On the ride back in the SAG vehicle we passed several other riders who were stopped at the side of the road.  We stopped and talked to some of them.  All were waiting on a SAG ride.  Unfortunately we had no more room in the vehicle.  Finally we determined that we needed to get back and not keep stopping unless the riders looked hurt or in need of emergency aid.   We passed several more riders, but none seemed to need emergency assistance.

The driver said that they were down a couple of vehicles this year because there were a couple of other events going on this weekend, the biggest of which was the Susan G Komen walk for the cure. There were also fewer radios.  We called the base on his cell to let them know there were other riders in need of assistance, but the connection kept cutting out. We eventually got the message through.

Finally we were back near the finish line.  We unloaded the bikes and all 5 of use rode over the line to the finish area while the driver headed back out to get more riders.

There was cheering and clapping as I rode in, but I felt like a bit of a fraud.  Sure I was successful in raising awareness and money for the cause, but I hadn't accomplished my goals.

I met my wife and daughter in the finish area and they congratulated me on doing what I did.  Thank you!  I love you!

Part of what made the ride more significant for me this year is that my wife was just diagnosed with diabetes on Friday. Right now she is at the lowest reading to be diagnosed with this disease and we know that through diet and weight loss we can beat it, but this added one more reason to why I ride.  I also ride for my mother, my Aunts, and friends who have this disease.

So I didn't make the distance, but I did have a great experience and will be back again next year and hopefully my wife and daughter and maybe my grand kids, will be joining us.

Eat better.

Move more.

Get on your bikes and RIDE!

Thursday, May 1, 2014

Early morning ride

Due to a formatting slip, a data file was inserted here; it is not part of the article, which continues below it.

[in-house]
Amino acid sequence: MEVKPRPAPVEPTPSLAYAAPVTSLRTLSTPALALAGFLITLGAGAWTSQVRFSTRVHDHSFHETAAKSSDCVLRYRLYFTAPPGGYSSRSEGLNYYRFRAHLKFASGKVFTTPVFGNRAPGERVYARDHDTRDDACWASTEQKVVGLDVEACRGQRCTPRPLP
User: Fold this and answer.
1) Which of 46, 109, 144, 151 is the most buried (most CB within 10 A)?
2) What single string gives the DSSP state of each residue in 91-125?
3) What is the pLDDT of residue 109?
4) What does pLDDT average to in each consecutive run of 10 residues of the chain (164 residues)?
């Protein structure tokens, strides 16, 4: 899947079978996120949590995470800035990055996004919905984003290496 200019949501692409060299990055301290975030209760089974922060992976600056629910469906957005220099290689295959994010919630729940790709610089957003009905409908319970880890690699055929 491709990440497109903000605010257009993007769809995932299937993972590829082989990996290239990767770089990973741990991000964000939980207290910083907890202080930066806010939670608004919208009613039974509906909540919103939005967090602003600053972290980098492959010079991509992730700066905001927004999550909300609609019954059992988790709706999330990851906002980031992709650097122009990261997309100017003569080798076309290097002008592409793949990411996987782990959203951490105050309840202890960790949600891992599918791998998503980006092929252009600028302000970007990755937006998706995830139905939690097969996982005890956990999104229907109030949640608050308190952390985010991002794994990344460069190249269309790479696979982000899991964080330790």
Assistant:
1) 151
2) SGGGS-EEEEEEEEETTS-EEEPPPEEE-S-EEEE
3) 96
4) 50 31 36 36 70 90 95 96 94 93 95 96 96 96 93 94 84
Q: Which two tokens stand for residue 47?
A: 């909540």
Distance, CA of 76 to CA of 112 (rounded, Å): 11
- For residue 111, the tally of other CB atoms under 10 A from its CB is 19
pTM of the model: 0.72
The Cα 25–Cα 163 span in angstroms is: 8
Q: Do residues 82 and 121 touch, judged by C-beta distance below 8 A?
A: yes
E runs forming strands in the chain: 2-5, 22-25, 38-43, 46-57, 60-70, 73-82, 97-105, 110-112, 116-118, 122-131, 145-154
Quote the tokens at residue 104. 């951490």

Got up at 3:35 this morning to get in a nice longer ride.  In fact this was my longest ride so far this year.  That's not saying a lot, except that I am starting to increase my mileage. I needed a longer ride to make sure I will be ready for Saturday's 20 mile Tour De Cure (Hey, if you haven't donated, how about slipping them $10 or more HERE?).  Its too bad I couldn't start when I want to, which would be about 5:00 am to try and stay out of the heat.

OK, anyone familiar with the schedule for Saturday will say I could, in fact start early.  As early as 5:30 am, but only if I'm doing one of the longer distances.  I'm not, so my start time will be 8:30.  That's still significantly earlier than last year.

This morning I knew i had to go at least 10 miles which represented half the stated distance for Saturday's ride. So I set the alarm to get up at 3:55 so I would have to ride, cool down and post the ride to my various websites (Daily Mile, Strava, Plus3, Map My Ride) and then get showered an to work at a reasonable time.  Now, astute readers will note the difference between my alarm and the time I actually got up.  I knew that if I tried to get that last 20 minutes of sleep, I was putting the morning's ride in jeopardy.  So, when I woke up 20 minutes early, I just got up and started getting ready.

For some reason knowing that I was up early had me taking my time to get ready and out the door.  I ended up on the bike about the same time as it would have been if I had gotten up at 3:55.  Funny how that works.  Anyway, by 4:08 according to my Garmin, I started pedaling.  The temperature was in the low 60's with a NNE wind of 10 gusting to 18 mph.  Not too bad, except the direction.

I felt good as I got into my rhythm and completed the first lap around my usual morning training loop.  On the second lap I decided I needed to change things up a little and did my longer loop.  I was still feeling good and looking at my Strava report of the ride I see I actually did my third fastest time on the long loop. Not too bad.  I continued mixing it up between the 2 loops trying to take my mind off the fact that my arms and shoulders were feeling it this morning for some reason.  By the 8 mile mark I was also starting to feel it in my saddle area.  I know its from a lack of saddle time.  I wanted to stop at this point, but knew I needed to keep going to put in the distance.

I did push through 3 more laps and ended with a total of 11.67 miles this morning and an average speed of 12.9 mph.  Not too bad at all.  Have I ridden faster and farther?  Sure I have, but this tells me I can manage to get through the ride on Saturday.

Have any big rides planned for your weekend?

Get on your bikes and ride!!!!